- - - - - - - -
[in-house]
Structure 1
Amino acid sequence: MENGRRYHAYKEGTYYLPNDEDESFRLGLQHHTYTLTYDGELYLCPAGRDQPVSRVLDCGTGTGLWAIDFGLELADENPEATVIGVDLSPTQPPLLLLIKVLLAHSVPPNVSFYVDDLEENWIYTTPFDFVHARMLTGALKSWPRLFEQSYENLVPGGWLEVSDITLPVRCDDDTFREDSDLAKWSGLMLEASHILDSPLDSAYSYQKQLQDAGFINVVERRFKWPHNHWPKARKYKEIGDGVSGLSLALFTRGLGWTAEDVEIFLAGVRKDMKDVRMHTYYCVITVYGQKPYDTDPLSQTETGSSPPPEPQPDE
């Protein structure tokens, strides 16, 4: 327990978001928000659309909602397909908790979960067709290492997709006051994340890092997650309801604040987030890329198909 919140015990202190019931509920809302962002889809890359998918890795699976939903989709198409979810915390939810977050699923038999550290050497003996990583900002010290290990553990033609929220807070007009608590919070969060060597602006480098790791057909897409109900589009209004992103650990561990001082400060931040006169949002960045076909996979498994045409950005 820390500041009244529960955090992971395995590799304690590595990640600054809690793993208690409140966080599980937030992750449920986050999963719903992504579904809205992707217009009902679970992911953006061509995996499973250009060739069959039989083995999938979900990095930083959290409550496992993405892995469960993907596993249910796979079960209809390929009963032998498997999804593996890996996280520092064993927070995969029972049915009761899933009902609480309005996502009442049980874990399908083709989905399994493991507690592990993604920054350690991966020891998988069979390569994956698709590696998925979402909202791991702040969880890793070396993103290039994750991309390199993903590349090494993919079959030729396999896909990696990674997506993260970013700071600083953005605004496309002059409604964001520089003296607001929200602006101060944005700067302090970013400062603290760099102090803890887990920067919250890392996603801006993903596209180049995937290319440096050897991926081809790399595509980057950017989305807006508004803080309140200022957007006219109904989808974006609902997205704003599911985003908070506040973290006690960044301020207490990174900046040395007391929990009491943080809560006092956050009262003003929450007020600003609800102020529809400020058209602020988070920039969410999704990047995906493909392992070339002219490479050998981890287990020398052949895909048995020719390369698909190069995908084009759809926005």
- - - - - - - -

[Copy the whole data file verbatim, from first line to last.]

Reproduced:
[in-house]
Structure 1
Amino acid sequence: MENGRRYHAYKEGTYYLPNDEDESFRLGLQHHTYTLTYDGELYLCPAGRDQPVSRVLDCGTGTGLWAIDFGLELADENPEATVIGVDLSPTQPPLLLLIKVLLAHSVPPNVSFYVDDLEENWIYTTPFDFVHARMLTGALKSWPRLFEQSYENLVPGGWLEVSDITLPVRCDDDTFREDSDLAKWSGLMLEASHILDSPLDSAYSYQKQLQDAGFINVVERRFKWPHNHWPKARKYKEIGDGVSGLSLALFTRGLGWTAEDVEIFLAGVRKDMKDVRMHTYYCVITVYGQKPYDTDPLSQTETGSSPPPEPQPDE
């Protein structure tokens, strides 16, 4: 327990978001928000659309909602397909908790979960067709290492997709006051994340890092997650309801604040987030890329198909 919140015990202190019931509920809302962002889809890359998918890795699976939903989709198409979810915390939810977050699923038999550290050497003996990583900002010290290990553990033609929220807070007009608590919070969060060597602006480098790791057909897409109900589009209004992103650990561990001082400060931040006169949002960045076909996979498994045409950005 820390500041009244529960955090992971395995590799304690590595990640600054809690793993208690409140966080599980937030992750449920986050999963719903992504579904809205992707217009009902679970992911953006061509995996499973250009060739069959039989083995999938979900990095930083959290409550496992993405892995469960993907596993249910796979079960209809390929009963032998498997999804593996890996996280520092064993927070995969029972049915009761899933009902609480309005996502009442049980874990399908083709989905399994493991507690592990993604920054350690991966020891998988069979390569994956698709590696998925979402909202791991702040969880890793070396993103290039994750991309390199993903590349090494993919079959030729396999896909990696990674997506993260970013700071600083953005605004496309002059409604964001520089003296607001929200602006101060944005700067302090970013400062603290760099102090803890887990920067919250890392996603801006993903596209180049995937290319440096050897991926081809790399595509980057950017989305807006508004803080309140200022957007006219109904989808974006609902997205704003599911985003908070506040973290006690960044301020207490990174900046040395007391929990009491943080809560006092956050009262003003929450007020600003609800102020529809400020058209602020988070920039969410999704990047995906493909392992070339002219490479050998981890287990020398052949895909048995020719390369698909190069995908084009759809926005």